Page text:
HKEX’s China based Strategy: Fruitful Past, Uncertain Future

A key reason behind Hong Kong’s high rank in terms of capital market development, in spite of being the 37th largest economy in the world, is its vicinity to China. Hong Kong acts as a conduit between Chinese companies and international investors, helping Chinese companies access capital from the outside world as well as providing Chinese investors access to investment opportunities in the Asian region; around half of companies listed on the HKEx are from China. Consequently, since the mid-1990s, Hong Kong’s capital market growth has largely been driven by growth of the mainland economy. Hong Kong’s exchange operator, the HKEx group, has built its core business around the China growth story and came out relatively unscathed from the crisis of 2008. A dominant theme in the group’s recent strategy has been to move even closer to the mainland market by connecting to the mainland’s stock exchanges and providing members of two exchanges mutual access. In November, 2014, HKEx launched the Shanghai-Hong Kong Stock Connect program, enabling Chinese investors to trade shares listed and traded in Hong Kong and vice versa; Shenzhen HK connect is planned in the near future. In the last three years China has been opening up the Renminbi (RMB), and Hong Kong is positioning itself as China’s offshore RMB center by building RMB capability and developing diversified RMB products. HKEx is looking to capitalize on this opportunity as well. The mainland’s high demand for raw materials and international trades in commodities is another driver for the HKEx group. It recently acquired the London Metal Exchange (LME) Group to signal its intent to grow a commodity business. Leveraging on this acquisition it plans to build an “East Wing” of commodities clearing for the whole Asian region and during Asian time zone. HKEx’s future prospects, like its historic growth, are contingent on the mainland dynamics. While it has many upsides, too much reliance on China can have downside risks in case of slowing down of the Chinese economy or emergence of policy hurdles. Recent slowdown of Chinese economy has raised concerns about the prospects for its future growth and its potential adverse impact on the China-Hong Kong trading link. On the commodities front China seems uninterested at this point in taking help from other markets. Furthermore, commodities trading practices differ between China and Hong Kong as investors in China, unlike those in Hong Kong, want physical delivery. This requires significant warehouses that the HKEx is still in the process of developing. Lastly, neighboring Singapore will present competition in the OTC space as it also plans to be a major player in the region focusing on South East Asia and China.

China’s road towards Currency Internationalization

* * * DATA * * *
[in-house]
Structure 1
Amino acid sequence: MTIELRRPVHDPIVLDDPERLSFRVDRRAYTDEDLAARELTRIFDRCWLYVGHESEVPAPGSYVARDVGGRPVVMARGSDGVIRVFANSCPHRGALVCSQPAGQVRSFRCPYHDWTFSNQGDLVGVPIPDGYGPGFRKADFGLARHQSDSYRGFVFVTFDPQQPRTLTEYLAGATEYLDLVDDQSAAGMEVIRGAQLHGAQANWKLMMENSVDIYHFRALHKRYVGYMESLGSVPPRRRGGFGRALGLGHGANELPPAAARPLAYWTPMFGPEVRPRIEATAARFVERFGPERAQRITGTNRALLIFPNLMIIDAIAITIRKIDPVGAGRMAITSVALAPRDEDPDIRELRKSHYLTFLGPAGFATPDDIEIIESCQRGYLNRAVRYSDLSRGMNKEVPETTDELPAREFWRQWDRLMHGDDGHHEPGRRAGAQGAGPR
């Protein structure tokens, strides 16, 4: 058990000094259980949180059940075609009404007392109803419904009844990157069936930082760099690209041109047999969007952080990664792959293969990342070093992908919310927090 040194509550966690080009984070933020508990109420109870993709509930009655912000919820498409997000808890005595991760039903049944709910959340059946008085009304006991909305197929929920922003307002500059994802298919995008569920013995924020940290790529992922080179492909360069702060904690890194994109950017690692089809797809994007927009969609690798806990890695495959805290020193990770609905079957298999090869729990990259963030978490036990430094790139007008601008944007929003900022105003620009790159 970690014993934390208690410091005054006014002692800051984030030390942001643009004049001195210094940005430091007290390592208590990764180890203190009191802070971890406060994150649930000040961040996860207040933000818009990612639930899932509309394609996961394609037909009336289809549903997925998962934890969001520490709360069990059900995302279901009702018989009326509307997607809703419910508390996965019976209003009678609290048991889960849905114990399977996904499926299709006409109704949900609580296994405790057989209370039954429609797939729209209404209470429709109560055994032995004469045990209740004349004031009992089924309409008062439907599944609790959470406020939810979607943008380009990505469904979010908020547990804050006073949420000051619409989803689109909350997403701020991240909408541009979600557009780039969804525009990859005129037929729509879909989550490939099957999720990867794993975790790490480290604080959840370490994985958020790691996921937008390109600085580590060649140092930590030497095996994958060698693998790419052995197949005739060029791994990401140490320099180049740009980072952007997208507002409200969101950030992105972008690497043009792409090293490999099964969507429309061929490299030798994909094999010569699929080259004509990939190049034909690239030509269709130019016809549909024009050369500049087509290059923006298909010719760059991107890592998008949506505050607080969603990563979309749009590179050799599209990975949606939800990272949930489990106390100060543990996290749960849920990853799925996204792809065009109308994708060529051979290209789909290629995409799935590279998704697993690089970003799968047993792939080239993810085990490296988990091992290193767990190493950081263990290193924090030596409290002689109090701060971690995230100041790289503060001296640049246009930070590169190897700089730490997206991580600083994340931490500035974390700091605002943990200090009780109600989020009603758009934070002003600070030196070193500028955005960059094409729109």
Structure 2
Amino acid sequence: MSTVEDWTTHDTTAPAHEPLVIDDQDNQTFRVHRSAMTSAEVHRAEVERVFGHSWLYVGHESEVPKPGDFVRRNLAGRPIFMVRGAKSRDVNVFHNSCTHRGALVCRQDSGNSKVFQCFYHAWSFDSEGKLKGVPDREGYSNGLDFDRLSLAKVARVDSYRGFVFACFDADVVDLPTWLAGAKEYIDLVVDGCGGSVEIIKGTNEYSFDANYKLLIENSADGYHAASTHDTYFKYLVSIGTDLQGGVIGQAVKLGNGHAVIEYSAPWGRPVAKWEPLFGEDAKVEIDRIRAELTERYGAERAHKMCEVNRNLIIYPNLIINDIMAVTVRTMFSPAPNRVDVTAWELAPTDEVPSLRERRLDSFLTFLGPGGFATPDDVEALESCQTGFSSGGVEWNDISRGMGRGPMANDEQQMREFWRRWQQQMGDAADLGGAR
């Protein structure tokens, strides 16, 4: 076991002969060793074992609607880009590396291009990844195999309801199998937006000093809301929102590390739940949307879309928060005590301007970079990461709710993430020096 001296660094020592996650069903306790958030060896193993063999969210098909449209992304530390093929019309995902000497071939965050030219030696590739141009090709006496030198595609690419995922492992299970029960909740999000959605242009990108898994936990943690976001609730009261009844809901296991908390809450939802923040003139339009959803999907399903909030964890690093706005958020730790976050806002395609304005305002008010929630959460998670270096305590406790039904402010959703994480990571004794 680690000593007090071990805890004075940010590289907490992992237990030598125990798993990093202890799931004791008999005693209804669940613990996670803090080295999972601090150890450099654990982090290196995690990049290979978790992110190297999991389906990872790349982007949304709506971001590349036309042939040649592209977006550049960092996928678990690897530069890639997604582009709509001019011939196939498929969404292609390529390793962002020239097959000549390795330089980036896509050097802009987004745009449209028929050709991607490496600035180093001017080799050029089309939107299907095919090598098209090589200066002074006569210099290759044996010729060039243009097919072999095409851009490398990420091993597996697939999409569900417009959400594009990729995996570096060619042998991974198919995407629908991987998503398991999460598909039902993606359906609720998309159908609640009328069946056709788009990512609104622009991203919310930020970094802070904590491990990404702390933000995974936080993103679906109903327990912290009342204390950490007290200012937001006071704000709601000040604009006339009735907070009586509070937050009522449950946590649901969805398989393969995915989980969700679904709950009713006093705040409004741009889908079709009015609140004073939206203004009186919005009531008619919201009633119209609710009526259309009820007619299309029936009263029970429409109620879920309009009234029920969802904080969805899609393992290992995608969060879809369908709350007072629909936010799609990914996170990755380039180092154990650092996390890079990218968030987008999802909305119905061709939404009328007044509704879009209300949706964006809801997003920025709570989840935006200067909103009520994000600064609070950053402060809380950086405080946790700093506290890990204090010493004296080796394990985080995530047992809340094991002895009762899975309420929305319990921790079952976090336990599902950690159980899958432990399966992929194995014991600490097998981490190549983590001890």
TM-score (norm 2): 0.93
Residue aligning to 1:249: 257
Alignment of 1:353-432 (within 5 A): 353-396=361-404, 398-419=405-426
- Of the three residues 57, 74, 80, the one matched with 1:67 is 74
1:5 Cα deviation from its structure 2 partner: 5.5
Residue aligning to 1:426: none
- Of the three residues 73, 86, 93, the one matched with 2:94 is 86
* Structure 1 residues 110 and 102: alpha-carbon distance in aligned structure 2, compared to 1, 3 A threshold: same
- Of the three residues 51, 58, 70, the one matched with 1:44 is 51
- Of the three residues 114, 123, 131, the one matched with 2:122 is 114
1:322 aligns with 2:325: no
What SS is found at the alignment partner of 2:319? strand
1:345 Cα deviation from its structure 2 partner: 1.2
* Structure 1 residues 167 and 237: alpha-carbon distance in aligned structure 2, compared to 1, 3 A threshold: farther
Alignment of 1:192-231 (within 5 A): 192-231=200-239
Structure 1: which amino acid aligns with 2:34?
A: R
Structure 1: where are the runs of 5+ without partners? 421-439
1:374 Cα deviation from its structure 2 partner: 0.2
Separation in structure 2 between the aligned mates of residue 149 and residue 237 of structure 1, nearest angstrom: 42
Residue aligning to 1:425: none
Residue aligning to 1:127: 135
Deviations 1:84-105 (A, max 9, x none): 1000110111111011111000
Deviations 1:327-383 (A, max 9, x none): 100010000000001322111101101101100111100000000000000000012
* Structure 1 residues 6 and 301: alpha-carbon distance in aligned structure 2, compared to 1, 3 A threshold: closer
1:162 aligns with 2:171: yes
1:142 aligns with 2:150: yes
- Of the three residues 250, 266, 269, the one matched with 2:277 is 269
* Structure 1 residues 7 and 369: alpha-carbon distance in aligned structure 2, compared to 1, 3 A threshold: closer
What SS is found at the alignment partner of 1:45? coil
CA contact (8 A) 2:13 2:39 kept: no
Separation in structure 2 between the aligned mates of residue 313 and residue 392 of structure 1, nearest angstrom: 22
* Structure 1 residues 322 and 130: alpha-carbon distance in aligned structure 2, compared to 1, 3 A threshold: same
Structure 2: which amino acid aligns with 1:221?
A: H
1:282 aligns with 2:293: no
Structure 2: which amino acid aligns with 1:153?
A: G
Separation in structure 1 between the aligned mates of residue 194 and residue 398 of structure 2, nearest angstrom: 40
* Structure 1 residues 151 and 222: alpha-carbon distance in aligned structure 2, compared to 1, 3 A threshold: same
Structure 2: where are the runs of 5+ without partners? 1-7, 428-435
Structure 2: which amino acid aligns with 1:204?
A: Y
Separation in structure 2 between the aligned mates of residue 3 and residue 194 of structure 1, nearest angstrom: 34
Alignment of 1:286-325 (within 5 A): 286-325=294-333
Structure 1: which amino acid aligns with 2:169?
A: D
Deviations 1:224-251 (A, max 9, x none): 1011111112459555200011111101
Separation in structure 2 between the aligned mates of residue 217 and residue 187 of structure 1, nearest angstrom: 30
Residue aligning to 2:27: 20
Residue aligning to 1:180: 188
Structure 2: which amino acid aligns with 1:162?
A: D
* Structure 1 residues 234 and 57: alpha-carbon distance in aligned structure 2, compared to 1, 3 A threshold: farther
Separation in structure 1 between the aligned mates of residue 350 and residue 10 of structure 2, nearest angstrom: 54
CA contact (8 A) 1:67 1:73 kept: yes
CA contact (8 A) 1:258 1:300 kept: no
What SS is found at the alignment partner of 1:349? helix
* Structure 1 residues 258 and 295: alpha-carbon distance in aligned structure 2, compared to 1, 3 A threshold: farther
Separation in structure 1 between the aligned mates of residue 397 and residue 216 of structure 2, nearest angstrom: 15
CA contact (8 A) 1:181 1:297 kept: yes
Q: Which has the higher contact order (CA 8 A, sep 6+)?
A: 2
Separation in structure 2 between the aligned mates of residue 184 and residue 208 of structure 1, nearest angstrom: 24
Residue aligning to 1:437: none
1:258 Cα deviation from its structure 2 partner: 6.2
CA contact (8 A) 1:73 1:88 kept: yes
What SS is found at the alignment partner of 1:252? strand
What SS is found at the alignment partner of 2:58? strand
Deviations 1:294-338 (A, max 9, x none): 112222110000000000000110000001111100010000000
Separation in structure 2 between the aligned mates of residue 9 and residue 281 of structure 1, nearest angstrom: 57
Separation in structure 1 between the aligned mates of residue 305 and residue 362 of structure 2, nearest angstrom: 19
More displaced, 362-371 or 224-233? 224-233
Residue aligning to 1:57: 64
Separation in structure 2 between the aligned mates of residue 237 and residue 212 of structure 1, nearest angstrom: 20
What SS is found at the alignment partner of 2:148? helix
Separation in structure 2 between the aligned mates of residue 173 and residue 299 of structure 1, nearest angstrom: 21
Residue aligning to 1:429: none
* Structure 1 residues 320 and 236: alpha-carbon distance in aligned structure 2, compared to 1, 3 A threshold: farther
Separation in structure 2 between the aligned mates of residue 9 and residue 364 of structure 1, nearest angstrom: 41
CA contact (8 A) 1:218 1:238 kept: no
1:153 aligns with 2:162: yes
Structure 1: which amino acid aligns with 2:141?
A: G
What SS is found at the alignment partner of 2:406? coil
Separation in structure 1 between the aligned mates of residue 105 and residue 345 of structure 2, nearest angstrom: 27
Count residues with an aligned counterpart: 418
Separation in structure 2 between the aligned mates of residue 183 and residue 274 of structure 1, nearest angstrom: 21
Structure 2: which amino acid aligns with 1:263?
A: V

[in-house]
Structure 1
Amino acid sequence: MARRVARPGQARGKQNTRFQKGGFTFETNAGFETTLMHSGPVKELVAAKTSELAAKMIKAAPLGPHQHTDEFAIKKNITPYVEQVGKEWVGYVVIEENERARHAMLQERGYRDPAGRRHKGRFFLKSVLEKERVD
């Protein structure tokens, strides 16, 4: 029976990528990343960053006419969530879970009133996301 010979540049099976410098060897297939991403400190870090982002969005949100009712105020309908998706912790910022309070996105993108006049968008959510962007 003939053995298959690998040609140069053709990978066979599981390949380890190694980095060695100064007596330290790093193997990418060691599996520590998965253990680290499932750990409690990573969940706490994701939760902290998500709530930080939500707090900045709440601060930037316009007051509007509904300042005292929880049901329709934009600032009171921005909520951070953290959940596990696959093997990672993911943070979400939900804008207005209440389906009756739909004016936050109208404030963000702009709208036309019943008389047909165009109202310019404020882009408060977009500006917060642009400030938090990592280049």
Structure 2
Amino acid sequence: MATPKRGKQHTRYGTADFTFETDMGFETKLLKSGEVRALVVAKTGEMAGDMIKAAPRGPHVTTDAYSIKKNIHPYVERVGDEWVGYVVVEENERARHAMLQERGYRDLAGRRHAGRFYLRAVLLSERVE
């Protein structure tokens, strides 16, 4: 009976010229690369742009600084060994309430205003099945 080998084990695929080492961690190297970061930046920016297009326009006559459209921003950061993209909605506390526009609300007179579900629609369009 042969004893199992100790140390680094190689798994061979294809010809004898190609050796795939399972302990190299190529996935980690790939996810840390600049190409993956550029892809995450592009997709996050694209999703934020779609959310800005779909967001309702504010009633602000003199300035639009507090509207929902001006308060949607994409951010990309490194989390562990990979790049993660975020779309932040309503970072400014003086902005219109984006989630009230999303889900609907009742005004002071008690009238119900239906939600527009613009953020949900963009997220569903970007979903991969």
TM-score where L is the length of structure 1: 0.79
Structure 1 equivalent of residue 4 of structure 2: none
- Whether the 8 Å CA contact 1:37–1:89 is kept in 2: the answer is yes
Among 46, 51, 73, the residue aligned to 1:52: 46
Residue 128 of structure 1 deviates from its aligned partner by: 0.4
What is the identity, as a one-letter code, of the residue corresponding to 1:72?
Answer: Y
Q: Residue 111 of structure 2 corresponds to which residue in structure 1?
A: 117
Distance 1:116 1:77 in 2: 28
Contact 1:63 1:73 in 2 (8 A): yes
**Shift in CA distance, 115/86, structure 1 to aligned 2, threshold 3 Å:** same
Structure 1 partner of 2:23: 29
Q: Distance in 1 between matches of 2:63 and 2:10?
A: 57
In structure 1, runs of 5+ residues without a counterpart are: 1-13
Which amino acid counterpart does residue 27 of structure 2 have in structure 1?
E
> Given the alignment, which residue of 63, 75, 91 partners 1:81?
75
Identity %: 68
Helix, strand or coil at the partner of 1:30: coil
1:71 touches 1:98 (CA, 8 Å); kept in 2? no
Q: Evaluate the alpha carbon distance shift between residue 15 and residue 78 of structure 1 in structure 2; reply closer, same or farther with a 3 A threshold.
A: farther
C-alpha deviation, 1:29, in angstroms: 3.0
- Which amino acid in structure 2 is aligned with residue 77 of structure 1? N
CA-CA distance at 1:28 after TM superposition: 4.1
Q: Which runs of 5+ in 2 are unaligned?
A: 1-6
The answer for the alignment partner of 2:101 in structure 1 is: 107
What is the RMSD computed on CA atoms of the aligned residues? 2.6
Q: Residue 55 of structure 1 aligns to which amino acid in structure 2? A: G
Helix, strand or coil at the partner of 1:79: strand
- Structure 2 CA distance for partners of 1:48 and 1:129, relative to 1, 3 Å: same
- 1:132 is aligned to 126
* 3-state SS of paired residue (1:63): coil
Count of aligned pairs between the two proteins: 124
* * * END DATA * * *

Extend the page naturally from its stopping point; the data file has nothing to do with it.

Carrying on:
China is the world’s second biggest economy, largest exporter and second largest importer. Yet China’s currency, the Renminbi (RMB), accounts for less than 1% of global FX turnover. The Chinese authorities have been making concerted efforts since late 2008 to internationalize the Renminbi by trying to increase its use in international trade and investments. Their efforts are paying off as RMB settled trade has grown since late 2010 and accounts for 8-10% of all international trades at present. The following highlights some major successes of their efforts: •    From October 2010 to June 2012 value of RMB payments grew by 17 times. Currently 91 countries are processing renminbi payments. •    Hong Kong is the dominant offshore centre for RMB trading accounting for around 80% of all renminbi payments; share of Singapore, Taiwan are also significant. UK is positioning itself as a major offshore trading centre for renminbi. •    RMB is among world’s top ten currencies traded. Three FX markets exist for RMB: onshore CNY market which is tightly controlled, offshore CNH market in Hong Kong which is relatively free, and USD denominated non-deliverable forward market. The currency sometimes trades at different rates in the CNY and CNH markets and many firms, especially large ones with subsidiaries outside borders, use it to conduct exchange rate arbitrage in these two markets. Given that China’s currency is not fully liberalized, this arbitrage sometimes is not settled by market forces and it creates pressure on the currency, as was evident late last year. Some therefore argue that significant proportion of RMB settlement comes from speculation in the two markets while imports are still invoiced and mostly settled in US dollar. Bank of China Hong Kong (BOCHK) and Bank of China, Macau, are the only two entities approved to clear offshore RMB transactions. Other banks can engage in offshore RMB business through agreement with BOCHK, or through relationship with other banks which have existing agreement with BOCHK. This presents an opportunity for many regional and international banks to tap into this burgeoning market of RMB clearing and trade related services. Moreover, two of the world’s biggest exchanges, the Hong Kong Exchange (HKEx) and the CME Group, recently announced plans to launch offshore yuan futures in Hong Kong by the end of 2012. This is likely to facilitate exporters and importers hedge their currency risks, especially now that the currency is showing some volatility. The forwards market at present is very efficient with tailor made contracts; therefore some think currency futures may not gain traction immediately among traders. However, along with importers and exporters who use currency futures and forwards to hedge exposure, this will also attract asset managers and other financial institutions as the contracts will be standardized and tradable at the exchanges. The outcome of these initiatives remains to be seen, but these moves are likely to further strengthen China’s efforts towards Renminbi internationalization. It must be mentioned that in spite of these developments, there are challenges with China’s efforts to internationalize the RMB. At a broad level, RMB is mostly used to settle imports, but not exports. Even in imports, invoicing is often done in US dollars while settlement happens in RMB. It is argued many Chinese corporations use the different currency markets (CNH-CNY) to engage in speculative activities and not that much for pure trade purposes. This effectively allows for interest rate speculation between the two markets as well. Many of these problems are intertwined as China has traditionally had very strict capital control, and the internationalization of renminbi is taking place before fully liberalizing its interest rate, exchange rate or capital account. Therefore how China attempts to internationalize its currency and manages its key rates at the same time will be closely watched.